Big Changes Happening on August 7, 2019.


Shawano schools, Kobussen dealing with policy glitches

Parents complaining of fewer stops, safety concerns

Leader Photo by Lee Pulaski One bus unloads students at Shawano Community Middle School on Friday while another bus pulls into the parking lot. The switch to Kobussen for the school district’s bussing needs has resulted in some snags since the first day of school.

A new transportation policy overseen by a new bus company went into effect this week at the Shawano School District, but school and bus company officials are finding there are some issues to address after hearing complaints from a number of parents.

Kobussen Buses of Kaukauna was awarded the transportation contract in the spring over Johnson School Bus Service, Inc.

The district was also considering at that time a change in school start and end times that would allow the bus company to make a single run at the beginning and end of school, picking up and dropping off students from all grades at the same time.

In the past, buses were sent out for a run of high school and middle school students, then went back again for elementary students.

The new school schedules seem to be working well, with only one complaint so far, according to District Administrator Gary Cumberland.

The way students are being picked up for school and dropped off afterward is upsetting some parents, many of whom packed the district School Board chambers Tuesday to complain about stops and even some roads that have been scrapped from the bus routes this year.

About two dozen people spoke at that meeting out of more than three dozen who attended.

The district has had a longstanding policy that students should not be on the buses for any longer than one hour, and that was the directive given to Kobussen.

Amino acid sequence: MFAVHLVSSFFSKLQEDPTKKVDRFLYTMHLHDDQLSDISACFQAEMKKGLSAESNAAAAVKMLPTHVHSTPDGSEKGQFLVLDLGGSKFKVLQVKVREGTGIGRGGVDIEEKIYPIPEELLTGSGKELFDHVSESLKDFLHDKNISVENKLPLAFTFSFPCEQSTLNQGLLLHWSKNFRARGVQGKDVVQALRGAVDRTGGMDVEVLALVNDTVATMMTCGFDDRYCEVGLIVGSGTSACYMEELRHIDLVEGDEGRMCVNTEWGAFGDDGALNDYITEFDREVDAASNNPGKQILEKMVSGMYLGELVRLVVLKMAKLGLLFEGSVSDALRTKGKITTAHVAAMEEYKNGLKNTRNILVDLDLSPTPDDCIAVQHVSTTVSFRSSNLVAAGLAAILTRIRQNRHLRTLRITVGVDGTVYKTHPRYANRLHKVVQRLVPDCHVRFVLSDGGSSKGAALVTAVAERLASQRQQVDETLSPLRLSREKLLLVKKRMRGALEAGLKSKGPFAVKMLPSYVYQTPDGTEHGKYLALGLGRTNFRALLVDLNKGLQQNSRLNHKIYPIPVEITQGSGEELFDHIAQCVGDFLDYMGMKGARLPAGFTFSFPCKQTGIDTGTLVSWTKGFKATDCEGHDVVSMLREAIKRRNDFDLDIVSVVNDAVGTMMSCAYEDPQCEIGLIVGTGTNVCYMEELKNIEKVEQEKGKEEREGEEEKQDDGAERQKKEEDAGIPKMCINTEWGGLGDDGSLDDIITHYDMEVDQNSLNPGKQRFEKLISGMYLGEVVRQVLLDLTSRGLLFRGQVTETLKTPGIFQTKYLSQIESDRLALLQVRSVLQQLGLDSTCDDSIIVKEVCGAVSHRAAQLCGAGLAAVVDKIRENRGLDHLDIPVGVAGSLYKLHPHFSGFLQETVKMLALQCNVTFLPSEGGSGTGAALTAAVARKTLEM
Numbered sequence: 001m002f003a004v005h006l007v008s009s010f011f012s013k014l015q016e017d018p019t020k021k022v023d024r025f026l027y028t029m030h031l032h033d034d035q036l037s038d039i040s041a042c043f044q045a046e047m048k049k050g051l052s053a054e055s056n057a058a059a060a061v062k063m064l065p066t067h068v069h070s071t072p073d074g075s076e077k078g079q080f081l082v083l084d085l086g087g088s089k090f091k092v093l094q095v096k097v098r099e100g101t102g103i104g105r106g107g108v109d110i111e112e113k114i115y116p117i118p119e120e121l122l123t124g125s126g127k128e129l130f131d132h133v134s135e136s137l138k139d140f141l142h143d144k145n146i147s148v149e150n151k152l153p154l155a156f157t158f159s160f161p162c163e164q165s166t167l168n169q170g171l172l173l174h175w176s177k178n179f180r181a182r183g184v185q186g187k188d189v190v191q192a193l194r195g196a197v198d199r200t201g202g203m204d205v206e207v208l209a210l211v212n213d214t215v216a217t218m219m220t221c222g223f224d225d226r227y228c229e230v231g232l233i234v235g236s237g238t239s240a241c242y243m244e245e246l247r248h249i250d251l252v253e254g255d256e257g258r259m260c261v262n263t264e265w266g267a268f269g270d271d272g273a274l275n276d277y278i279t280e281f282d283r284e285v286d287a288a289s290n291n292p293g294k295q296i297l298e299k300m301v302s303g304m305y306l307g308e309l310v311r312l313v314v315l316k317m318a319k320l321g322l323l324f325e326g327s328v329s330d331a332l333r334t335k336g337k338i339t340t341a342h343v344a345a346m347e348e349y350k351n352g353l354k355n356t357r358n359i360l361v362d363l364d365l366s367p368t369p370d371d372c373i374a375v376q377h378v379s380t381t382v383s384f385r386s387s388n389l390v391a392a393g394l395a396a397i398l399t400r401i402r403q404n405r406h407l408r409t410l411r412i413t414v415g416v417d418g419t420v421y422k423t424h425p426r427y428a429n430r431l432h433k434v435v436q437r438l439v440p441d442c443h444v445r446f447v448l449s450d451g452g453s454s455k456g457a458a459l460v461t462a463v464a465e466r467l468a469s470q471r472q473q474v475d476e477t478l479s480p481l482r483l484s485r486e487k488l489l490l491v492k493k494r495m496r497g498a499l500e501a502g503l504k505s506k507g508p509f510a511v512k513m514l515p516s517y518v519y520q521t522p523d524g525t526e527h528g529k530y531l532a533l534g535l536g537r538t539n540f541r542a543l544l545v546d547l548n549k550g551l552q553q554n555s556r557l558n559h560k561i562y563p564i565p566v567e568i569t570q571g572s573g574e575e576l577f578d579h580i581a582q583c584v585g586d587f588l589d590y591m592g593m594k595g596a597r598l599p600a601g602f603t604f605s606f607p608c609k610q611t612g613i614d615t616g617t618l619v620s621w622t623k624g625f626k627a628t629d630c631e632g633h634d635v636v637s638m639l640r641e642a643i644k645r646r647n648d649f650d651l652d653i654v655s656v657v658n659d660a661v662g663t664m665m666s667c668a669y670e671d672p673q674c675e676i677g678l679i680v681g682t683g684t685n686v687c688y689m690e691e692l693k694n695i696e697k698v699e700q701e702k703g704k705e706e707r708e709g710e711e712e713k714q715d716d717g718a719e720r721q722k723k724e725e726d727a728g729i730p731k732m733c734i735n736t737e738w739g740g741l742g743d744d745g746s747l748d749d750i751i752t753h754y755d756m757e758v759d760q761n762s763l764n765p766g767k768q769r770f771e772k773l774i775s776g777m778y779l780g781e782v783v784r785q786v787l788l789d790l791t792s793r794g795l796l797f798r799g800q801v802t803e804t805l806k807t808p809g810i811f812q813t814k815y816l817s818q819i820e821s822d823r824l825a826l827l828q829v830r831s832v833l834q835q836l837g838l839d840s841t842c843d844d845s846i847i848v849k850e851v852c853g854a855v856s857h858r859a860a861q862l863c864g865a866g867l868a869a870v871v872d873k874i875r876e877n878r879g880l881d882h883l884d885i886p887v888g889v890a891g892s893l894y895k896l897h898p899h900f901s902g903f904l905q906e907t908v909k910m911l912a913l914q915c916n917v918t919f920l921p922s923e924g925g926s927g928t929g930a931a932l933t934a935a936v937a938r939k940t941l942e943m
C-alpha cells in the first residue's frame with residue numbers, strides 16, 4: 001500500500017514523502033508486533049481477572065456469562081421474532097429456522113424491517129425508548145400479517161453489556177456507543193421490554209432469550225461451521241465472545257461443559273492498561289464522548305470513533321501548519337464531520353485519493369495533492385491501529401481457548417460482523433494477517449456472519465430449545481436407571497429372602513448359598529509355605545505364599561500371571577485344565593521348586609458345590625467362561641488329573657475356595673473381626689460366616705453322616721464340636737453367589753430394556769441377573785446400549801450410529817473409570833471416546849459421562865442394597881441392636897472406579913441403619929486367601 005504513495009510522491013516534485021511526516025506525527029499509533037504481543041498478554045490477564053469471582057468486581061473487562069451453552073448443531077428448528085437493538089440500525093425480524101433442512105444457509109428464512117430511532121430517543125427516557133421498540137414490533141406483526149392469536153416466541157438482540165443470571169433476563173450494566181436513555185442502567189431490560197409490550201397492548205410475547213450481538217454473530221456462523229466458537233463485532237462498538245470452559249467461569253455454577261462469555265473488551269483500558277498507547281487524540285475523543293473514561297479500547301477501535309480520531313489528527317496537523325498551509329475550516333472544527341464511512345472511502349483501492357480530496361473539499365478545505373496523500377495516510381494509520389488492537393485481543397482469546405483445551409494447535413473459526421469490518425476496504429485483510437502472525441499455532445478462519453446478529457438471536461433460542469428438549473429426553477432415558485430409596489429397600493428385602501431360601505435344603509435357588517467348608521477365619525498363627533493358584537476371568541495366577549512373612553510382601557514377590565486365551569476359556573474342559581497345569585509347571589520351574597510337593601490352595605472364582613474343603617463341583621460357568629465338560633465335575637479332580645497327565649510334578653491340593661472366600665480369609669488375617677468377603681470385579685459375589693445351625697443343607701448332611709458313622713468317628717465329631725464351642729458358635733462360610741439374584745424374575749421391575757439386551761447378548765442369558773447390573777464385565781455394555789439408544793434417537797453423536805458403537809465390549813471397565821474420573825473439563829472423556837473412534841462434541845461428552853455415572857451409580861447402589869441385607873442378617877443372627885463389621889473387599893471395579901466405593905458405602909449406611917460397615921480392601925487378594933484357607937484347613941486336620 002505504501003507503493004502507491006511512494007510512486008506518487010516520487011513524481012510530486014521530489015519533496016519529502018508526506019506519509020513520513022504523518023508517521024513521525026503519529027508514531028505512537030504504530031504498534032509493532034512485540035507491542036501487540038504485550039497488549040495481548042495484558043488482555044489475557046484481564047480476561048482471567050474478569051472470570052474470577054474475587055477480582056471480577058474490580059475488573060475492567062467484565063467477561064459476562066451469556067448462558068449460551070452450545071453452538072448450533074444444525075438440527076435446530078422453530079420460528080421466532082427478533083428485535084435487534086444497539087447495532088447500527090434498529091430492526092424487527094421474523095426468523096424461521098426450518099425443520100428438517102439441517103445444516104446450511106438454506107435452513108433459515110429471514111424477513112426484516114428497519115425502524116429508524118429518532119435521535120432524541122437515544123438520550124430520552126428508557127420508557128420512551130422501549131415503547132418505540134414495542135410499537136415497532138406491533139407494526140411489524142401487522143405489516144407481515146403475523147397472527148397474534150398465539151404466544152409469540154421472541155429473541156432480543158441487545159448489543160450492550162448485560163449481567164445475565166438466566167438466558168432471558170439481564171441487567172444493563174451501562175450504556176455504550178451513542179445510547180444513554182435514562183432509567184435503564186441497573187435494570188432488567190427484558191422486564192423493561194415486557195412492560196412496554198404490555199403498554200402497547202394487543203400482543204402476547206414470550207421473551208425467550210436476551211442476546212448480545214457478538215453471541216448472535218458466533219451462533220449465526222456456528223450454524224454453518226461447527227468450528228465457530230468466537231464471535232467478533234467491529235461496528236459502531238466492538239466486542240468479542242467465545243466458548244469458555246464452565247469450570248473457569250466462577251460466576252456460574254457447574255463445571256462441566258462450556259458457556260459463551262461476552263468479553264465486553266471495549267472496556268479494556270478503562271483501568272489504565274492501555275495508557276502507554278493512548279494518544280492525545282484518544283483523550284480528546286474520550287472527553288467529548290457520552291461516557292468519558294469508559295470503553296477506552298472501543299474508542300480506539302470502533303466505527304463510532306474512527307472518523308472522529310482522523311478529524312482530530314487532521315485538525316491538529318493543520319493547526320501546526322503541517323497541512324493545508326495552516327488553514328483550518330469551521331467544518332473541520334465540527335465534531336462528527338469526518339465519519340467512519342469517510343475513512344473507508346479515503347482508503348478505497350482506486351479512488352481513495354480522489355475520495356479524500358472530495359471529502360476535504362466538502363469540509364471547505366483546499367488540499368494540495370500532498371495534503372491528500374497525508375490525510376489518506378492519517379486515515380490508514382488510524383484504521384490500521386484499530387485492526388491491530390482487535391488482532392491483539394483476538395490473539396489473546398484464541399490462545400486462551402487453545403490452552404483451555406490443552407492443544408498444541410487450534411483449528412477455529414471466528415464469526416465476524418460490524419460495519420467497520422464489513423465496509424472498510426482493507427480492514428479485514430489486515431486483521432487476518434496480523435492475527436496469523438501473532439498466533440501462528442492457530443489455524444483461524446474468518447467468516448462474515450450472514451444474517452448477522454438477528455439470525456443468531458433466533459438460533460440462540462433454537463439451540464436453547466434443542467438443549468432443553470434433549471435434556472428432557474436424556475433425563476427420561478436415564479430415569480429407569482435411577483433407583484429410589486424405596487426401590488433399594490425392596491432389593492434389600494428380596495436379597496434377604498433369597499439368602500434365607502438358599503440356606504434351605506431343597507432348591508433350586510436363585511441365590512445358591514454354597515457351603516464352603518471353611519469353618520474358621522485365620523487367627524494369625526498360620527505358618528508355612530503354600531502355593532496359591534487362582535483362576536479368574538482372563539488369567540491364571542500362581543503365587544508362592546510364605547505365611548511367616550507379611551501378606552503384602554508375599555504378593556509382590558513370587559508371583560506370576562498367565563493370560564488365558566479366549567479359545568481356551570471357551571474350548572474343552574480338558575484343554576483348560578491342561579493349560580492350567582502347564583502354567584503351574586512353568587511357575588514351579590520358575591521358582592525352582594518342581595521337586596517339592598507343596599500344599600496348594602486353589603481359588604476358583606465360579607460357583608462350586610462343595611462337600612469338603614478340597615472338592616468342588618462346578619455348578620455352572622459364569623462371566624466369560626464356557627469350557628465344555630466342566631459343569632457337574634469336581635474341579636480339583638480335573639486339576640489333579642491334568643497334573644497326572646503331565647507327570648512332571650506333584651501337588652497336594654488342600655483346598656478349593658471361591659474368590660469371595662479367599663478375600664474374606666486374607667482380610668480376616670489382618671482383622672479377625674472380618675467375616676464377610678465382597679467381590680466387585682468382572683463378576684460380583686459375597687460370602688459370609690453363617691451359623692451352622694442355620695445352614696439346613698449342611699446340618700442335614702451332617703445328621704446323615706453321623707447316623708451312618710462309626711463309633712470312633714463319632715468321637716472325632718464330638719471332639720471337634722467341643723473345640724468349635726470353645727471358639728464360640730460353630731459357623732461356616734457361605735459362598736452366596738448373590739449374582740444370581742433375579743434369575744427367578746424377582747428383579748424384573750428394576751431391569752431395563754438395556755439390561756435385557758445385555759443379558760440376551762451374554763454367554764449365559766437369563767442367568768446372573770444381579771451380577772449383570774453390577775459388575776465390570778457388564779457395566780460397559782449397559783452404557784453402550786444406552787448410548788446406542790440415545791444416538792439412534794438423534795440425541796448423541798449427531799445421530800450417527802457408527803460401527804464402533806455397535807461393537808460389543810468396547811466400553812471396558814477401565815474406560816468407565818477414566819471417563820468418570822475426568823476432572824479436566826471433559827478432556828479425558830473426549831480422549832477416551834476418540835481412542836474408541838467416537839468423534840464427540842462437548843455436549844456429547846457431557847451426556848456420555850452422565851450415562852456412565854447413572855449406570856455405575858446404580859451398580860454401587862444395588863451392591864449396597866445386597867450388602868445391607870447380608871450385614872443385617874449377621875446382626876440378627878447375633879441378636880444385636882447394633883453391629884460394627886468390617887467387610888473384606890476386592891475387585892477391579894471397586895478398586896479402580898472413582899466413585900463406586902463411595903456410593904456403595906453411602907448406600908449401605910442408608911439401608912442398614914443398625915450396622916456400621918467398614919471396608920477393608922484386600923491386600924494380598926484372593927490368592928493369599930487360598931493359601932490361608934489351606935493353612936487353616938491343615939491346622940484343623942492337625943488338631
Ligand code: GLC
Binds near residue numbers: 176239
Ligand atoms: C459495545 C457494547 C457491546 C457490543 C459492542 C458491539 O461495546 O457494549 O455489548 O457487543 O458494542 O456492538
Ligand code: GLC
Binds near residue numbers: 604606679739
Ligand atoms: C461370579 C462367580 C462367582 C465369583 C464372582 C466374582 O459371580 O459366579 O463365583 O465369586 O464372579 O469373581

With more students to pick up all at once because of the new school schedule, the bus company responded to the time mandate by consolidating some of the stops and eliminating some dead-end roads and other spots where turning around was a problem.

Some parents along those routes complain their children are having to walk unreasonably far to get picked up, sometimes along roads where it’s unsafe for them to be on foot.

The School Board held a special meeting Thursday with bus company officials to discuss how to address those concerns.

“We all need to be fair to everybody,” said Dan Kobussen, vice president of Kobussen Buses. “We need to make this system as efficient as possible for everybody involved.”

Kobussen said restoring some of the bus stops would add time to the routes — about three minutes per stop — and will mean the first students picked up will have to be at their stop earlier.

Kobussen also said the number of stops within the city is increasing, partly due to the number of open enrollment students.

“Holy cow, it feels like there’s an awful lot of them in the district,” Kobussen said.

“These stops are just growing and growing and growing,” he said. “It’s overwhelming.”

Board member Chuck Dallas said those observations didn’t seem to jibe with what he has seen.

“In listening to the conversation, I’m wondering if we need to build another school,” Dallas joked. “I’m on the finance committee and they have a budget that’s showing less students than we had in 2017.”